The Kansas Gardener’s Garden: October through December

  I hope you had a Merry Christmas! This is the final installment on 2019 on the series of photos from my yard. Great things are coming in 2020, I hope you are ready for them! 


The above flowers were all blooming in October and November. There are also some insects that were late comers. My son noticed the twice-stabbed lady beetle while playing on the trampoline-my kids are taught to not tough insects or bugs unless I give them leave to do so, especially caterpillars! The sassafras tree was an addition this spring to the Woodland Garden, where there is also a grove of pawpaws and other woodland plants (photos coming in 2020). The aromatic aster ‘Raydon’s Favorite’ was the last thing to start blooming and bloomed the longest of any fall plant, from before the first frost to after the first hard freeze.

This is an October shot of the Woodland Shade Border. Not much going on in the woods this late in the season, but the semi-evergreen blue wood phlox (Phlox divaricata) is a standout border plant. I may remove the beautyberries next year, as they are not floriferous and have little to no fruit on them, then replace them with some more regionally native shrubs (Snowberry or Hazelnut). 

I was very happy with my Seven-Son Tree this year, it grew another 2 feet and was very nice for its bloom season and now again with the floral bracts in red. This part of the Entry Garden was once my Fairy Garden, but changes happen yearly in a growing garden like mine. 

A late October view of the east yard containing the Tea Garden (Lower Left), Walnut Trial Bed (Top Center), Woodland Shade Border (Top Left), and the Shrub Display Bed (Top Right). The Shrub Display Bed starts just behind the bench there with my ‘Prairie Fire’ Crabapple, 1 of 3 Paperbark Maples, ‘Annabelle’ Hydrangea, Chinese Viburnum (un-named), peach tree, and Spicebush (not visible). The Shrub Display Bed then wraps around to the south and east along the driveway. There are currently about 20 different shrubs and trees in this bed including Kentucky Coffeetree, Aromatic Sumac, Nannyberry Viburnum, ‘Emerald Triumph’ Viburnum, Arrowwood Viburnum ‘Blue Muffin’, Mockorange, Serviceberry ‘Regent’, Common white & purple lilacs, Sweetshrub ‘Aphrodite’, Buttonbush, ‘Green Giant’ Arborvitae, and more. 

This is my cat Ralph, he is a great sleeper but really loves to sit on the couch and watch the birds. 

Our first snowfall came just a few days before Halloween but melt the same day as the temperatures reached the upper 40’s. 

This is 1 of 2 sugar maples in my yard. It must be related to the sugar maples planted around Hiawatha, it has excellent fall color, similar to ‘Oregon Trail’ but with more red than orange. My other sugar maple is pure gold, with no orange or red at all. 

November shot of the Entry Garden, with aromatic aster ‘Raydon’s Favorite’ still blooming away after the first frost. Everything else is going dormant.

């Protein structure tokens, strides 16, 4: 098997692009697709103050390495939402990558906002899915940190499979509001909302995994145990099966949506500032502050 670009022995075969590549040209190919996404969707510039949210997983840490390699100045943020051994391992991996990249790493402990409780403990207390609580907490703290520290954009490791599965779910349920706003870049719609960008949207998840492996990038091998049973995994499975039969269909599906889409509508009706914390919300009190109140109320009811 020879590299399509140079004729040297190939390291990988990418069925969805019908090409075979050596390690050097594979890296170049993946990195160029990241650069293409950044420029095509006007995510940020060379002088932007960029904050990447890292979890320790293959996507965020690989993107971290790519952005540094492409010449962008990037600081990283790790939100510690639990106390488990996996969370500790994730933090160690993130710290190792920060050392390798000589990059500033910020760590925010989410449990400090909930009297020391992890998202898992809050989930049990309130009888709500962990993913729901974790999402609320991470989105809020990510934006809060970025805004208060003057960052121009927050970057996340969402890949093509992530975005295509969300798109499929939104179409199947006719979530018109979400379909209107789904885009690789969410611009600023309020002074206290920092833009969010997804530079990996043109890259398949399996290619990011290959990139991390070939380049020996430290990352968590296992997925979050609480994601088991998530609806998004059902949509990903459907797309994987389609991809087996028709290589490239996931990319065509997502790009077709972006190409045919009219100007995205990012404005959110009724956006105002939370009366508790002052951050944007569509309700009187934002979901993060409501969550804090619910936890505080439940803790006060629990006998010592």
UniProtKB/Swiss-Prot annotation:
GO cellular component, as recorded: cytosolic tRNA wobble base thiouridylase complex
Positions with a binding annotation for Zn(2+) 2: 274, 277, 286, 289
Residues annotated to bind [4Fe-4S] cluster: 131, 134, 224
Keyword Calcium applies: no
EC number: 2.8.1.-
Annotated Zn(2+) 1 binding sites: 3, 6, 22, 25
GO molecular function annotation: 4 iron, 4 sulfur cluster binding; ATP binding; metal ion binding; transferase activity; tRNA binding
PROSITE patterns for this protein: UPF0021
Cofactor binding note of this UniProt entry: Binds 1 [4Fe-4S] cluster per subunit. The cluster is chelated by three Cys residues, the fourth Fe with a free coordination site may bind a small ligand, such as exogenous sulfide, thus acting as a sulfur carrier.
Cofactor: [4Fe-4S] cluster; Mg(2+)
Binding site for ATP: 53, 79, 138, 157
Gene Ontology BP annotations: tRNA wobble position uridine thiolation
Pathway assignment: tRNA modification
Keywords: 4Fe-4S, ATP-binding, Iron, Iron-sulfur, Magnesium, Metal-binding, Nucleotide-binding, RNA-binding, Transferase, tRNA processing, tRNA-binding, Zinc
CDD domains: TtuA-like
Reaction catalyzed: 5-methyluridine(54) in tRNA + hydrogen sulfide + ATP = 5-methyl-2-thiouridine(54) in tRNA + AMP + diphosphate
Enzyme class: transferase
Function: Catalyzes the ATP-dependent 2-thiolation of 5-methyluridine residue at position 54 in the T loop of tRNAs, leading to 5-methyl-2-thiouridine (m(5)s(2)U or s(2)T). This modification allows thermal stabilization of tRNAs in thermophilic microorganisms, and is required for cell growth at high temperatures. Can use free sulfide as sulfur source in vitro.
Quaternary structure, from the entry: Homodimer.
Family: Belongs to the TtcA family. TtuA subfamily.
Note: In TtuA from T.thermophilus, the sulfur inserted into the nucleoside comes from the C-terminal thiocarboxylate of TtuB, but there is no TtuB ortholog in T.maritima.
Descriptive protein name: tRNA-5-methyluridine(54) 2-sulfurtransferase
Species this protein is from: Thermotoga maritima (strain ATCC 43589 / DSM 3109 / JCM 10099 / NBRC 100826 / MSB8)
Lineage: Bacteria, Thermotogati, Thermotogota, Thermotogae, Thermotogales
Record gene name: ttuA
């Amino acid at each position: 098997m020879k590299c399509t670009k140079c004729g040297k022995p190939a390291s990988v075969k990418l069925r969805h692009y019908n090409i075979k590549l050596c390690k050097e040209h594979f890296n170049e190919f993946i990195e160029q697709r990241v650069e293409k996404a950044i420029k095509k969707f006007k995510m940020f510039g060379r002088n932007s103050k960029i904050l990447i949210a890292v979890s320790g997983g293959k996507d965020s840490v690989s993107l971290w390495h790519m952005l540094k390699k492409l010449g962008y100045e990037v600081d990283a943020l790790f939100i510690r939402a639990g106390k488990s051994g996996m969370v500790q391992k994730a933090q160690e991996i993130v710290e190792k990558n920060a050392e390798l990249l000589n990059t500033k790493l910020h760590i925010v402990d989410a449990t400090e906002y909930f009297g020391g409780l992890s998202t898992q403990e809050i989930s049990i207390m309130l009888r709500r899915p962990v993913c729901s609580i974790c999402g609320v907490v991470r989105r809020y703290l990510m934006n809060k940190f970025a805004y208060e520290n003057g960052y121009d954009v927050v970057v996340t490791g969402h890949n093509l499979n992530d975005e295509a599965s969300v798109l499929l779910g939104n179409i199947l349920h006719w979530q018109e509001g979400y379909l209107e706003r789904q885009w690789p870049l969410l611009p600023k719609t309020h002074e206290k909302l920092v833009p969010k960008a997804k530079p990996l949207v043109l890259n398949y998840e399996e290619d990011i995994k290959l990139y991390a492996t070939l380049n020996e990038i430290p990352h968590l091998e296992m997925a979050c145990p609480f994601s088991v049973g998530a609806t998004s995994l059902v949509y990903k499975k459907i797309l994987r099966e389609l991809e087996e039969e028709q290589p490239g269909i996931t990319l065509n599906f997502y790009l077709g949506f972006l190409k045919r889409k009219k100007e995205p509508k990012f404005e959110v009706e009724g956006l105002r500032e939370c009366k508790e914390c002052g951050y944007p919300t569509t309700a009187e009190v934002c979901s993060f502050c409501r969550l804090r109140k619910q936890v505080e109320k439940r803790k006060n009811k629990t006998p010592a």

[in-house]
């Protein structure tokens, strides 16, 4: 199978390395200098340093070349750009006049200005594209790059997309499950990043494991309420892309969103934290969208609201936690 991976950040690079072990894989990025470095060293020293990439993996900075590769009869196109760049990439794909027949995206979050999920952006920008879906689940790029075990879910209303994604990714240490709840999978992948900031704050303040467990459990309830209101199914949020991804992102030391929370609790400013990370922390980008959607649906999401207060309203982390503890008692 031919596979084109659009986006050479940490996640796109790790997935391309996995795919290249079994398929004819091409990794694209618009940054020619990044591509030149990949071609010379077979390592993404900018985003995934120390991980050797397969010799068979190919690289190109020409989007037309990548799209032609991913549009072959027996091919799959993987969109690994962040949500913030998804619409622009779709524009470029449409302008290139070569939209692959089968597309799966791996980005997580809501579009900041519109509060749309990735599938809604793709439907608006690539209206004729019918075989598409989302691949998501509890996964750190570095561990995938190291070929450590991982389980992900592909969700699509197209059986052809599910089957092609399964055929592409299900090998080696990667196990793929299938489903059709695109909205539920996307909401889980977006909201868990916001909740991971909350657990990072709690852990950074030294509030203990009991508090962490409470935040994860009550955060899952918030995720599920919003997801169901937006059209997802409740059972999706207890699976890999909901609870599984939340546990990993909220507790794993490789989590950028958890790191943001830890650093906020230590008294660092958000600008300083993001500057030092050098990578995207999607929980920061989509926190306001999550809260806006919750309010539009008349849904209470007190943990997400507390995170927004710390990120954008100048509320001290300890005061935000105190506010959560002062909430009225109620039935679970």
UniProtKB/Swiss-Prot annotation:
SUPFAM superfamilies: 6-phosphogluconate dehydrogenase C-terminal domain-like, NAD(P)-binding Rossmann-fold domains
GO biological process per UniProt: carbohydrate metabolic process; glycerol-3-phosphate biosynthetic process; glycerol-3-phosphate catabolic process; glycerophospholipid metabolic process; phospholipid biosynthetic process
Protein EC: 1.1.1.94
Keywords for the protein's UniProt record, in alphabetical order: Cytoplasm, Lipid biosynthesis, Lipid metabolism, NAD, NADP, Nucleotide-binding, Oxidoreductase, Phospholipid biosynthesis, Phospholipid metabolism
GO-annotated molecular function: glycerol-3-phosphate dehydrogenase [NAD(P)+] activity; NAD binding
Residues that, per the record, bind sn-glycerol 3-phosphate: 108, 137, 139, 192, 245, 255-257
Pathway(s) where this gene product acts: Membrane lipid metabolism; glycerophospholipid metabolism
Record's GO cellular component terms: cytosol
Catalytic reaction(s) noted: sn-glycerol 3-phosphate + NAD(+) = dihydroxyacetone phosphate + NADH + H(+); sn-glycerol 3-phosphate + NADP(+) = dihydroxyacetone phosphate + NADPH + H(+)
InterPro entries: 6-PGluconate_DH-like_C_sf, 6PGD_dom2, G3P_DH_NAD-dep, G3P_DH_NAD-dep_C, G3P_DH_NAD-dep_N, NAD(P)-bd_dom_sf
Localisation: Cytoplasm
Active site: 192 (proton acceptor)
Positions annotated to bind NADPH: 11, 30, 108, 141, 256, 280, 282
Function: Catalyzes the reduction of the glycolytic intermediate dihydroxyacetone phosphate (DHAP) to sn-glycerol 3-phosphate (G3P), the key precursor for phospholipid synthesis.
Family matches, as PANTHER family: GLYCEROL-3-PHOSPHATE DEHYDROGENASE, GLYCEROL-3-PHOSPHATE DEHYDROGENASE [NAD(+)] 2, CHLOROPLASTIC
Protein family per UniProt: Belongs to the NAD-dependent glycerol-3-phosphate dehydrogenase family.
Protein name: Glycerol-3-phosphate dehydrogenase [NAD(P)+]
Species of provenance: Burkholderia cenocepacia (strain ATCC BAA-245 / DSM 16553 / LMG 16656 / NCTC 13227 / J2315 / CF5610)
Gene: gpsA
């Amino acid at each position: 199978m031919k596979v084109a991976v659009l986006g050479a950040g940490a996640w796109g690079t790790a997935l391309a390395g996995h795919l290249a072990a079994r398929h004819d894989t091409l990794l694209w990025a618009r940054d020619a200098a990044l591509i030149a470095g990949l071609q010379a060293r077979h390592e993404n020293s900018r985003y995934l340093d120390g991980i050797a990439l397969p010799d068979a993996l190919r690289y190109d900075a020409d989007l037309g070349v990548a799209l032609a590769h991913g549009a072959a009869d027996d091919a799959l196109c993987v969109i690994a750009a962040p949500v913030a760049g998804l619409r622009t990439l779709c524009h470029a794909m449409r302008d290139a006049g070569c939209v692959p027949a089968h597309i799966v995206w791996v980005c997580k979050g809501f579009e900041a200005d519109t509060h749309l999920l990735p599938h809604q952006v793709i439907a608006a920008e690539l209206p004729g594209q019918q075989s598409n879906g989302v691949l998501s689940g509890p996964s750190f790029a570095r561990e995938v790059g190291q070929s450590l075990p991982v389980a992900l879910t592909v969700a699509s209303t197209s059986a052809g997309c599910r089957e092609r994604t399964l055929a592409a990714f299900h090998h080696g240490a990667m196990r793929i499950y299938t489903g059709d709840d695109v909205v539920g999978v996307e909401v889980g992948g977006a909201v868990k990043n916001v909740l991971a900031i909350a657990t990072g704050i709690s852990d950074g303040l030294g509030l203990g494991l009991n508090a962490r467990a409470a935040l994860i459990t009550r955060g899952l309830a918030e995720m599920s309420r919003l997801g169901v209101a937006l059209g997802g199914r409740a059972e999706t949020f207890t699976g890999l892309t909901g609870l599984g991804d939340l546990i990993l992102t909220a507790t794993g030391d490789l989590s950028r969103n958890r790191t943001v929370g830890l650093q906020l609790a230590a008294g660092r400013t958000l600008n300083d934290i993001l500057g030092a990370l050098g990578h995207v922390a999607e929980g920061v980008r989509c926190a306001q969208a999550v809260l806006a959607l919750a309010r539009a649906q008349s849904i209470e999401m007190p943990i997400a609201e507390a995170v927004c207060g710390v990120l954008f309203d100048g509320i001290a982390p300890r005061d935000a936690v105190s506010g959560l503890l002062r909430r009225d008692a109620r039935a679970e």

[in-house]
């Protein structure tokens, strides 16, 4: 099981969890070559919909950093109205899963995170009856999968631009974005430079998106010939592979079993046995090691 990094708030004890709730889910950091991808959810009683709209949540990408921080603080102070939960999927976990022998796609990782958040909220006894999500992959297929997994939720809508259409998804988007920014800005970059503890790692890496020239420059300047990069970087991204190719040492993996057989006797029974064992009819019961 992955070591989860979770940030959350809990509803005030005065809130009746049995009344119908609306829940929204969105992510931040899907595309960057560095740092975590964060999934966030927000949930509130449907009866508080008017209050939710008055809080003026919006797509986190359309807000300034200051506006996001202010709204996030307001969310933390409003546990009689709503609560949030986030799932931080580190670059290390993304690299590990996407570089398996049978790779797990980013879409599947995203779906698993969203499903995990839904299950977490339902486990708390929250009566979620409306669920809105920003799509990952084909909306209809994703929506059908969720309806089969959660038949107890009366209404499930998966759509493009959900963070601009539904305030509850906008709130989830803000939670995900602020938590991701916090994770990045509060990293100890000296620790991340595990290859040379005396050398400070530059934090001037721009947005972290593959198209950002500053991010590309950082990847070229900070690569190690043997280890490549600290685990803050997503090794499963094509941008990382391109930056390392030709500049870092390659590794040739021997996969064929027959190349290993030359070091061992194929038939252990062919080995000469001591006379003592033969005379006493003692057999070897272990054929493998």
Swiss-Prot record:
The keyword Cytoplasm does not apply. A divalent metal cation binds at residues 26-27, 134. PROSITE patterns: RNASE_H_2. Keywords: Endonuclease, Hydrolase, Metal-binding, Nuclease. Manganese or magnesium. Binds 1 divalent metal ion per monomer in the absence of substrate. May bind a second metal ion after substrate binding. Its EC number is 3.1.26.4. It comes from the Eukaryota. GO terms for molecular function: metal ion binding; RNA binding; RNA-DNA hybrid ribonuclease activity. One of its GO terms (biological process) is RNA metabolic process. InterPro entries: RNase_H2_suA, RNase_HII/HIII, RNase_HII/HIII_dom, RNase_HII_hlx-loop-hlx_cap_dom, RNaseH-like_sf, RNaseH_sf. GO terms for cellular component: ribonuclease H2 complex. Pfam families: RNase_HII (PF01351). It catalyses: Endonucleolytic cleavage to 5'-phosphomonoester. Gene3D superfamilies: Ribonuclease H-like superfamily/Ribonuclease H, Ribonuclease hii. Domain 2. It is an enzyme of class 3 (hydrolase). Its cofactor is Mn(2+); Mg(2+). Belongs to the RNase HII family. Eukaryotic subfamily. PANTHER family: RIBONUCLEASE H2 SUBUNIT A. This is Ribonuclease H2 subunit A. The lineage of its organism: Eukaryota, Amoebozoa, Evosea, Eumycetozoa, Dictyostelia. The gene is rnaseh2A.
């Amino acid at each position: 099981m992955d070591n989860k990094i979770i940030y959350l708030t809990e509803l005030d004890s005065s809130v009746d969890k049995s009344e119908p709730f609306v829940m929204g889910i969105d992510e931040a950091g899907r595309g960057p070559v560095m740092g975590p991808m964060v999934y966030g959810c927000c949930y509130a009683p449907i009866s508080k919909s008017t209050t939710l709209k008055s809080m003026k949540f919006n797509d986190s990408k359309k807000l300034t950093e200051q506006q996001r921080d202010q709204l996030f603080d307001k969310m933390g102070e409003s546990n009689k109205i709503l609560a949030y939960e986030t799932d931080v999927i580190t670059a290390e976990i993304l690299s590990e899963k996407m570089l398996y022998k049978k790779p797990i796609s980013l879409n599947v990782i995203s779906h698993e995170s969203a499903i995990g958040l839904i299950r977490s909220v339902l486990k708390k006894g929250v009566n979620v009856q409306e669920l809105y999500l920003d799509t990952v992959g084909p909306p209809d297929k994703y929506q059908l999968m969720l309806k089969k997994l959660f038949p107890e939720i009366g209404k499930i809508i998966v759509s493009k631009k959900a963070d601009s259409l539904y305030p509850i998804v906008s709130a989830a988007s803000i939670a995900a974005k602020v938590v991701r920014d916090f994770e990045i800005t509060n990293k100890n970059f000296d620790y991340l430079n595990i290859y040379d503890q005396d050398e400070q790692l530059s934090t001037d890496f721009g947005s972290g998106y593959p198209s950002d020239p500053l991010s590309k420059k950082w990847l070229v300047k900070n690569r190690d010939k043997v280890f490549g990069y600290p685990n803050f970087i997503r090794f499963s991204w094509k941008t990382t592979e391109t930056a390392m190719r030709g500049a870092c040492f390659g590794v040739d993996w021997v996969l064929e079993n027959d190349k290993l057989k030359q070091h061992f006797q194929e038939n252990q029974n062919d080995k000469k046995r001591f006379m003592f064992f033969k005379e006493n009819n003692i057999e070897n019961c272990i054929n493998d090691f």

Finally some pics of the Potager Garden (aka the vegetable garden). My 6 year old son always wants to do what I am doing in the garden, so I found the perennial shovel I received last Christmas from my mother-in-law, and he used it to dig soil. I moved this soil here 2 years ago from the garden, piled it and let it compost itself. Now we have been digging it out and moving it to the various raised bed areas around the garden.

This is the area we dug out the soil from, it will be turned into a walled bed area for vegetables, perennials, and annuals. The pallet fence will degrade over time, but will be replaced with a stone wall and mound to keep out rabbits and other garden critters. We also have a problem with coyotes and wolves coming into the garden to eat pears in the fall. 

A first look at the partially filled raised beds. They are far from being complete, but with so much garden to maintain, I can only do a little at a time. For those who know me, they know I am pro-raised bed or hügelkultur. I will devote a blog post to this discussion in March. 

This is the Fruit Patch in the Potager Garden. You can see where different fruits have been planted. I will also be adding raspberries and figs to this area in time, and maybe a few columnar apples. The pear trees are existing, coming with the property. 

My younger kids enjoying the leaves on a warmer November day!

This is why we leave perennials and grasses up in the winter (also for overwintering insects and bird fodder). 

In the last week of November I added new limestone steps to the front porch. I had steps there originally, but they were too low to the porch and it was difficult for an older person to use. I rescued 7 large cut limestone blocks from the dump and used 4 to add on to these steps (the top 4). 

Most years, I add a lot of greenery to my porch and house for the Christmas, but this year I just did these hanging swags and the window box behind. 

Here is a shot of the bed and wall inside the Potager Garden. I will likely add annuals between the stone wall and the pallet fence and put in perennials and vegetables below between the bricks and the wall.



I thought you would enjoy seeing what my front yard looked like shortly after we moved into the property in 2014. This is looking south from the porch into what is now the Entry Garden.


Happy New Year and Happy Planting! 

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